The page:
What We Need to Know about Vaping and E-Cigarettes
Posted: February 03, 2015 | Written By: Justin Gerwick | Category: Coping
By Heather R. Nover, M.S., L.A.C., N.C.C.
Vaping was named as Oxford Dictionary’s word of the year for 2014. This year, you were 30 times more likely to hear the term used than in 2012. The increased usage of the word correlates to increased use of nicotine-delivering devices that utilize vaporization, namely e-cigarettes. According to a study released by the Center for Disease Control and Prevention (CDC) in August 2014, the number of students in grades 6-12 who had never smoked a tobacco cigarette but had used an electronic cigarette tripled from 2011 to 2013. Since the rates of vaping are on the rise, it is important that parents, educational professionals, and the surrounding community are aware of the terminology, side effects, and risks of future cigarette use.
Common terminology used when talking about vaping includes:
E-cigarette (e-cigs) – devices, usually shaped liked cigarettes but sometimes shaped like other common objects such as flash drives or pens that are used to deliver nicotine.
Vape – this can refer to the action of inhaling the vapor produced by heating liquid (usually nicotine and flavoring) inside of the e-cigarette device. This is also commonly used to refer to the device itself.
Tank – a larger, refillable, e-cigarette.
E-hookah/Hookah pens – similar to e-cigarettes, these devices are used to smoke hookah which can either contain nicotine, or can be nicotine-free.
Regardless of the method used, a user is vaping when he or she uses a device that heats a liquid and creates a vapor, which the user inhales. The byproduct of vaping is water-based and therefore does not leave the residue and smell associated with the use of smoking tobacco.
It is important to recognize that vaping does carry potential risks to your health. Since long-term research has not been done on vaping, until recently, it has been thought of and advertised as a “safe alternative” to smoking traditional cigarettes. Current studies are indicating that this may not be the case. According to the National Institute on Drug Abuse (NIDA), carcinogens, chemicals including formaldehyde and acetaldehyde, and metal nanoparticles have been found in the vapor from e-cigarettes. The Food and Drug Administration (FDA) also has concerns about these devices. The FDA only regulates e-cigarettes that are marketed for therapeutic use, so some e-cigarettes are not FDA approved, and therefore can have dangerous inconsistencies in labeling and ingredients. Recent studies by the FDA have found that some cartridges labeled nicotine-free actually contained nicotine, which is an addictive substance. In another example, 3 e-cigarettes that were labeled to contain the same amounts of nicotine actually delivered 3 different amounts of nicotine.
There are two specific added risks when using e-cigarettes with refillable cartridges: cartridges can be filled with liquid other than nicotine, which can be a way to deliver other drugs such as marijuana or users can be poisoned with nicotine while refilling cartridges. While official information on using e-cigarettes to deliver marijuana is limited, a quick search for “vaping marijuana” produces numerous articles and videos teaching how to adapt the e-cigarettes for this purpose. The form of marijuana that is used in one of these devices is not the plant form, but instead is an extract referred to as “wax” or “honey oil” which is very dangerous to produce as it uses butane which is flammable and potentially explosive. The second concern is possible nicotine poisoning from the liquid used in these cartridges. The rates of poisoning from e-cigarette liquids are on the rise as well. The number of calls to poison centers involving e-cigarette liquids containing nicotine rose from 1 per month in September 2010 to 215 per month in February 2014. The risk of nicotine poisoning comes from the liquid being absorbed through the skin, inhalation, or ingestion. Additionally, the liquids that are sold sometimes come in fruit or candy flavors, which can lead to children mistaking them for something edible. Risks from nicotine poisoning include vomiting, nausea, and eye irritation.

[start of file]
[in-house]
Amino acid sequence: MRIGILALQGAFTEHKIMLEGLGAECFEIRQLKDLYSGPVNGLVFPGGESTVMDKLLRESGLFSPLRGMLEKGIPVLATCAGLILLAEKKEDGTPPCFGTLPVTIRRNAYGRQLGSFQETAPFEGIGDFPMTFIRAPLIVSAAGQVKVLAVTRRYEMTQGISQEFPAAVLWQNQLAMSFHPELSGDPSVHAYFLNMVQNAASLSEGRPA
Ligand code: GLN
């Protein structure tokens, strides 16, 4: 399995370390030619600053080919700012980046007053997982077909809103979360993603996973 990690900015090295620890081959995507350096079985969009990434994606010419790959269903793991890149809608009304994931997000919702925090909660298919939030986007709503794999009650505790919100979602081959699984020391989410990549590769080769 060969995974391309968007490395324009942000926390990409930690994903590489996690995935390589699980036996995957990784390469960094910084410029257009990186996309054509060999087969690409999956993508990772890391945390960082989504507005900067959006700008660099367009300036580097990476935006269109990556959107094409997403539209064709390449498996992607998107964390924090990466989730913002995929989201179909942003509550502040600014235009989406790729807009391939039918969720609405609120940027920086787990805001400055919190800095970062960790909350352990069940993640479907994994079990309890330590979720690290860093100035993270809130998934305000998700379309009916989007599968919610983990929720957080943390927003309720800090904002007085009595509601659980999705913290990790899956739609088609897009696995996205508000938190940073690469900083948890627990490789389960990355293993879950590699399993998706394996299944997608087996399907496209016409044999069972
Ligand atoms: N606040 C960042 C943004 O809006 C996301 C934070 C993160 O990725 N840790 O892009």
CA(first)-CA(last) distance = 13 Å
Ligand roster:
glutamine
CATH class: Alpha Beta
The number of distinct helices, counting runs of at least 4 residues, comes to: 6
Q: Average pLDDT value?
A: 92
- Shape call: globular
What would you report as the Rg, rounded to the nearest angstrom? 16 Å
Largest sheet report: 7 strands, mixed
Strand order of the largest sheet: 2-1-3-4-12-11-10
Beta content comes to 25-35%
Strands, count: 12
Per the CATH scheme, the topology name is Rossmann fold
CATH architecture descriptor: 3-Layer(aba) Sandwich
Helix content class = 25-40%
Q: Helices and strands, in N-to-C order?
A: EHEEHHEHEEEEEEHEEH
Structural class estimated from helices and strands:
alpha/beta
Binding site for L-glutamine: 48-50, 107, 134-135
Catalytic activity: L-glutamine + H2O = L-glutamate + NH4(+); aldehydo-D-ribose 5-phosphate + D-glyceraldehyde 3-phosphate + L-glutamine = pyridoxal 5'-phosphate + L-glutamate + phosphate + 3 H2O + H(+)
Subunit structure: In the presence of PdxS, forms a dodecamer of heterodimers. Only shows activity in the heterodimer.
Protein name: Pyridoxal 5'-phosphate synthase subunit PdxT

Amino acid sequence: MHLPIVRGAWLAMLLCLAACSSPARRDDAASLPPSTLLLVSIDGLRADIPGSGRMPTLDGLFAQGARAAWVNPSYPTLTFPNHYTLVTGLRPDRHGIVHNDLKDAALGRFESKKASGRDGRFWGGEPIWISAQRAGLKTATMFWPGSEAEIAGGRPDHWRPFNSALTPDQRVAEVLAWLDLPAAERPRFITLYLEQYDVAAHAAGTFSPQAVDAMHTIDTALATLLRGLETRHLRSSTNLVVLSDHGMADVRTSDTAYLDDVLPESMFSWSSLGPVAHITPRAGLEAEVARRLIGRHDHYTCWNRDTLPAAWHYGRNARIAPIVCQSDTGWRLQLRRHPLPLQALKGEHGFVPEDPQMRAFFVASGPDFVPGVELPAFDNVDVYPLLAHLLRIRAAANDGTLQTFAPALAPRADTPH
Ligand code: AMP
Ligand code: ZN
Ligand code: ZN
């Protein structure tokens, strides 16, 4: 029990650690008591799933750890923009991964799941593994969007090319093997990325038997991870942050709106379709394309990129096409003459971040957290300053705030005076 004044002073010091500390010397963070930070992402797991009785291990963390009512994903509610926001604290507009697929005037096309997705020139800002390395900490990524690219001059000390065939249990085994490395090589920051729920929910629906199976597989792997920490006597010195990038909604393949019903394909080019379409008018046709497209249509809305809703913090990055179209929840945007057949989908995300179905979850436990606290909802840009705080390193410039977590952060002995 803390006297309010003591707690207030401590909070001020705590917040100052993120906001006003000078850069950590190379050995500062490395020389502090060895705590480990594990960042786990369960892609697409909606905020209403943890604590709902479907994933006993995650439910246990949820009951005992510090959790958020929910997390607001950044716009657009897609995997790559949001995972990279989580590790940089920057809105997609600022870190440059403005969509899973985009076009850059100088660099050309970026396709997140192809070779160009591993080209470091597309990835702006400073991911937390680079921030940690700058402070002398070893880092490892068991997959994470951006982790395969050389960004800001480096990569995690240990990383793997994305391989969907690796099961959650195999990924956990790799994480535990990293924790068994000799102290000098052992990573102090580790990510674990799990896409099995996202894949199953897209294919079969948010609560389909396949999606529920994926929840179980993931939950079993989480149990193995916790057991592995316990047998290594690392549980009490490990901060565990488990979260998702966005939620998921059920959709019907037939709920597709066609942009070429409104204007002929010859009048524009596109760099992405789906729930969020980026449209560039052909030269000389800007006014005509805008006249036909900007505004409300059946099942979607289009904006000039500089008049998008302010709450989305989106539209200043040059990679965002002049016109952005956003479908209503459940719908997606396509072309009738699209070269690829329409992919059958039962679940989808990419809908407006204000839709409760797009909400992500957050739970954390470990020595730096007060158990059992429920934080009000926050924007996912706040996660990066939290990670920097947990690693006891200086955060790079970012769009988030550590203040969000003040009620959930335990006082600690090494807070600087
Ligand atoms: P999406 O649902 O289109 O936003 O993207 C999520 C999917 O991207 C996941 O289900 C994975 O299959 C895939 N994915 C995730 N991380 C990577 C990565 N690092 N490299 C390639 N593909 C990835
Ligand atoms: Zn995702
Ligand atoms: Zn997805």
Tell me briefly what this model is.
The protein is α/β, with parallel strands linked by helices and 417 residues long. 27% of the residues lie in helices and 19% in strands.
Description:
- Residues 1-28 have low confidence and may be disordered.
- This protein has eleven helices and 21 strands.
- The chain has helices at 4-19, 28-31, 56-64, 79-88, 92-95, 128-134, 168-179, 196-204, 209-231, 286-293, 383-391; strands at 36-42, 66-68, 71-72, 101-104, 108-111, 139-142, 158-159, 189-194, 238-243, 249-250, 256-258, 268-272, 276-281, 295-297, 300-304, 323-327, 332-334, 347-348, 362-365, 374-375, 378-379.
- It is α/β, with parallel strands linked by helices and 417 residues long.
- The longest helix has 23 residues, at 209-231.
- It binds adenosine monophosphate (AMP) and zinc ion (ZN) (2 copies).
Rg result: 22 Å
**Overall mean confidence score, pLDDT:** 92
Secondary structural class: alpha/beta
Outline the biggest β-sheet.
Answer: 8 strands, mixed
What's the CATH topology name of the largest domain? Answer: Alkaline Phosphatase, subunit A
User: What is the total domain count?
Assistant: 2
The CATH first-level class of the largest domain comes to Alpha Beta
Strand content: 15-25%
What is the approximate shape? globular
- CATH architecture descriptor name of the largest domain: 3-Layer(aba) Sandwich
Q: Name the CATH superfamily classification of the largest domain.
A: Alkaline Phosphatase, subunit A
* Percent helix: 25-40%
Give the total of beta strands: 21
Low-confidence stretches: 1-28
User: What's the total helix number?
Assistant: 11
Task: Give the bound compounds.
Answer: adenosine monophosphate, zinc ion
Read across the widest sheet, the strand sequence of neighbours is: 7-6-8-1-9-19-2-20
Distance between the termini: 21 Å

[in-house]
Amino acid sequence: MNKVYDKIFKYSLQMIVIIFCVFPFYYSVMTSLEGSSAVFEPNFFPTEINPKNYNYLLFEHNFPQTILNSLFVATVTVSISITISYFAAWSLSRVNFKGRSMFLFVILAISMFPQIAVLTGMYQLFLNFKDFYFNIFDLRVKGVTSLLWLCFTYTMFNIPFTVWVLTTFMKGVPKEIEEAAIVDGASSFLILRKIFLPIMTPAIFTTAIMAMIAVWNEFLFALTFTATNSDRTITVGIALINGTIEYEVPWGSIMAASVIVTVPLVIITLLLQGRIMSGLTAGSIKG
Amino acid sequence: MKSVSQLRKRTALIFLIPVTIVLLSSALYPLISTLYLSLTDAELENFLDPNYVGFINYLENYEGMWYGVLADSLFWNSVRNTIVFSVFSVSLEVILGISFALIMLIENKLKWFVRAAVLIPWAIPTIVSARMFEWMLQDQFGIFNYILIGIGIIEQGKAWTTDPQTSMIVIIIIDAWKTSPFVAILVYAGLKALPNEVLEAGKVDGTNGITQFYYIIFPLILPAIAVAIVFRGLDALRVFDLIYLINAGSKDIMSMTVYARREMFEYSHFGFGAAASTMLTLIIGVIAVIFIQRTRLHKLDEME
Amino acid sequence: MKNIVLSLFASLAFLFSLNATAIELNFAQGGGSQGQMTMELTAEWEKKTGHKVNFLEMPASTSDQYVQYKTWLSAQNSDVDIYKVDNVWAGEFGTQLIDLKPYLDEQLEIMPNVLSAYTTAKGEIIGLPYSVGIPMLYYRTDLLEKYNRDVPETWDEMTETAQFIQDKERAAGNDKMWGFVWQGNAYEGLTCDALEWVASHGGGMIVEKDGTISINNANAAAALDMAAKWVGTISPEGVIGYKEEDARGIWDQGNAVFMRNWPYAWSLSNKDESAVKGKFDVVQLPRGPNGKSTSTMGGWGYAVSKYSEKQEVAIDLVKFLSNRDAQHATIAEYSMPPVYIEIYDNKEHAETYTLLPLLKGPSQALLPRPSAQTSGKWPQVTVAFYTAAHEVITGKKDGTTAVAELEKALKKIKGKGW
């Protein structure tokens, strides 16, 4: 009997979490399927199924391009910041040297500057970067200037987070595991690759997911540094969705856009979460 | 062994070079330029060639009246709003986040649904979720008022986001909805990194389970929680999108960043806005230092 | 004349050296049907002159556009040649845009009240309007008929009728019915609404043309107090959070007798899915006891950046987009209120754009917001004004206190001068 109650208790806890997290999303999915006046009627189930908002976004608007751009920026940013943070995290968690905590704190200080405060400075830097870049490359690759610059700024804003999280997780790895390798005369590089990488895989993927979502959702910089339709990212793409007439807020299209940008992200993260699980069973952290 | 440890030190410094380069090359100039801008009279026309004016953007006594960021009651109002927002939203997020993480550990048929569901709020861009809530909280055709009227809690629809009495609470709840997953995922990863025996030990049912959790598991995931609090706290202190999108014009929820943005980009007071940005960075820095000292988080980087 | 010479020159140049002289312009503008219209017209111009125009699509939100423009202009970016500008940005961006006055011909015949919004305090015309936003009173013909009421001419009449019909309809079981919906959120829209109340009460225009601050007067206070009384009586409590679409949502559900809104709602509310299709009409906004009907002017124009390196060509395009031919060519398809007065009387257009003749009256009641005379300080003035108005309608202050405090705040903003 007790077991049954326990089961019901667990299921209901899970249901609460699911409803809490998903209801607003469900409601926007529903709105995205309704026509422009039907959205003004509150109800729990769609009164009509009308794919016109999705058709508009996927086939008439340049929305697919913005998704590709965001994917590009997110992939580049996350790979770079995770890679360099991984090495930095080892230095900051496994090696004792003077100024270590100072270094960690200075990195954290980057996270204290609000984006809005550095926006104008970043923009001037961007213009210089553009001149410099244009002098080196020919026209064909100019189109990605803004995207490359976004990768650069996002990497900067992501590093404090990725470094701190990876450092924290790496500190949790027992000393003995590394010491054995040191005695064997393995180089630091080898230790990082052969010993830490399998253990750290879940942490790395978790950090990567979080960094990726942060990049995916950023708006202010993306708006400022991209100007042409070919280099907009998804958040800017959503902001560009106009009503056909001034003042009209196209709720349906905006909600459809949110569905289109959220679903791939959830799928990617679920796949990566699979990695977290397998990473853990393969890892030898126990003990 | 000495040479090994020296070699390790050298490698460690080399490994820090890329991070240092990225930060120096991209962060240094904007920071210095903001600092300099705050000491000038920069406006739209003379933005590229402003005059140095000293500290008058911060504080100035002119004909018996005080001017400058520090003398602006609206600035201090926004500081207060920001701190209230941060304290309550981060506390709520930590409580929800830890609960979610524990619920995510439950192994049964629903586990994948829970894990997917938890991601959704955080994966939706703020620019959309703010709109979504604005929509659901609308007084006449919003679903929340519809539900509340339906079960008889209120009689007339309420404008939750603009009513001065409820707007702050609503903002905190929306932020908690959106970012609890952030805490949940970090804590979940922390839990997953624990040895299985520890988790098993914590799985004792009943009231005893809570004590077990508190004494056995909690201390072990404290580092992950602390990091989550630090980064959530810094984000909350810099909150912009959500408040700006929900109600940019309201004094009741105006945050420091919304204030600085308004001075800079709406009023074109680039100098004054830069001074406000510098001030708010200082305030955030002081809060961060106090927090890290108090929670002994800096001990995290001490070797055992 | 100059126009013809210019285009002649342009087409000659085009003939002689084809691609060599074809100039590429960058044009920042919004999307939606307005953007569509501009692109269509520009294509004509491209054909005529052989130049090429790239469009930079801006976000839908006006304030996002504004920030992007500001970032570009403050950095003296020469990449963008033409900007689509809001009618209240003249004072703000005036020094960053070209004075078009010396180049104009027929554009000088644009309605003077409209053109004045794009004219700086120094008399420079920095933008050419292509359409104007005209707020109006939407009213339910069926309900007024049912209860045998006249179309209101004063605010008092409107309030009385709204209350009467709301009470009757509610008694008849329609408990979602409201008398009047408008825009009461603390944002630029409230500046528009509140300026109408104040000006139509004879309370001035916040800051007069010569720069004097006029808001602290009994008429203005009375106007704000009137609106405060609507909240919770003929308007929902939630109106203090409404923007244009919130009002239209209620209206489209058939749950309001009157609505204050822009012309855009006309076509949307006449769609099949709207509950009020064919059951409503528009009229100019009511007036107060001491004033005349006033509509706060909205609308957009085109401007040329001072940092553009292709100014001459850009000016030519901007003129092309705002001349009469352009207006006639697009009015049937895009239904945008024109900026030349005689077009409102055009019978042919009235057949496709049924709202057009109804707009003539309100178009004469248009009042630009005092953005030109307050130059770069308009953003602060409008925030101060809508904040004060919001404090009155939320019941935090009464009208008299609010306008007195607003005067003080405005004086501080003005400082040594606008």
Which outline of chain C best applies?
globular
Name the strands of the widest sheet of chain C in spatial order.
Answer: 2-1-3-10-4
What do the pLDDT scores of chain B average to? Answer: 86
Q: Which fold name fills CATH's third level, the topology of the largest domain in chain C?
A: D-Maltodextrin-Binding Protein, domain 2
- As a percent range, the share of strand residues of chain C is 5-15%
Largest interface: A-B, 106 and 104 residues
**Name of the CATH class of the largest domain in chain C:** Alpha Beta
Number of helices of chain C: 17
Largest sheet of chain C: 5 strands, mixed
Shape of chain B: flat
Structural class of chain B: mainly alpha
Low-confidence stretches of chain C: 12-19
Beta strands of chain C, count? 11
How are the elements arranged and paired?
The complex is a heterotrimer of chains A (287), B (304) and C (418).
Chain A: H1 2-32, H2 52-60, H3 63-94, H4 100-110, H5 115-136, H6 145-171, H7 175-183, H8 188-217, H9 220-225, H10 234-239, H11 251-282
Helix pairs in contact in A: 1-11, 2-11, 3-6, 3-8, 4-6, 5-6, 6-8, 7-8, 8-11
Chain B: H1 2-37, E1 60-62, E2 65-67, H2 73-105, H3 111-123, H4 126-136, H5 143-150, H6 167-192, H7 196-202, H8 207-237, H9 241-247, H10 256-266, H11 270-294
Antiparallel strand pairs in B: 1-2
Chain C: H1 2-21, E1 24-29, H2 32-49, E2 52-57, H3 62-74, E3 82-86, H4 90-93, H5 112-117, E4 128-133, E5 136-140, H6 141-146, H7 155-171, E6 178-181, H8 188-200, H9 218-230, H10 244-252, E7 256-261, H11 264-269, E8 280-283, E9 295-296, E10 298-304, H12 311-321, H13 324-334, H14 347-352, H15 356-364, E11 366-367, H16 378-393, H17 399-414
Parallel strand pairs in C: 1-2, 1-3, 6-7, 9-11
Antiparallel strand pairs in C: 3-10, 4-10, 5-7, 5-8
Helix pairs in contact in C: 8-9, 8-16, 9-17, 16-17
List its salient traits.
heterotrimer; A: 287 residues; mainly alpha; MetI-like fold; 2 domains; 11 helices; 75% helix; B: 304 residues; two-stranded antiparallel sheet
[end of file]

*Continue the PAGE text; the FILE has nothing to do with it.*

Information recently released by the National Youth Tobacco Survey indicates an additional reason for concern about use of e-cigarettes: an increase in intention to smoke tobacco cigarettes in teens that have used the devices. One major finding of the survey was that of teens who had never used e-cigarettes, 21.5% intended to smoke traditional cigarettes in the future. However, of teens that had used e-cigarettes at least once, 43.9% intended to smoke traditional cigarettes in the future. This is a significant difference. The study also indicated that rates of teen e-cigarette use are on the rise. The number of teens who have never smoked traditional cigarettes, but had used e-cigarettes increased from 79,000 in 2011 to over 263,000 in 2013.
What does this information mean for people working with, raising, or influencing teenagers? First, we have to know about vaping, because use among teens is increasing. Second, recent research indicates that vaping carries potential health risks and seems to be a frequent gateway to tobacco use. Thus, discussing vaping and e-cigarettes with teens is just as urgent as discussing the use of tobacco, in order to help them make safe, healthy decisions.
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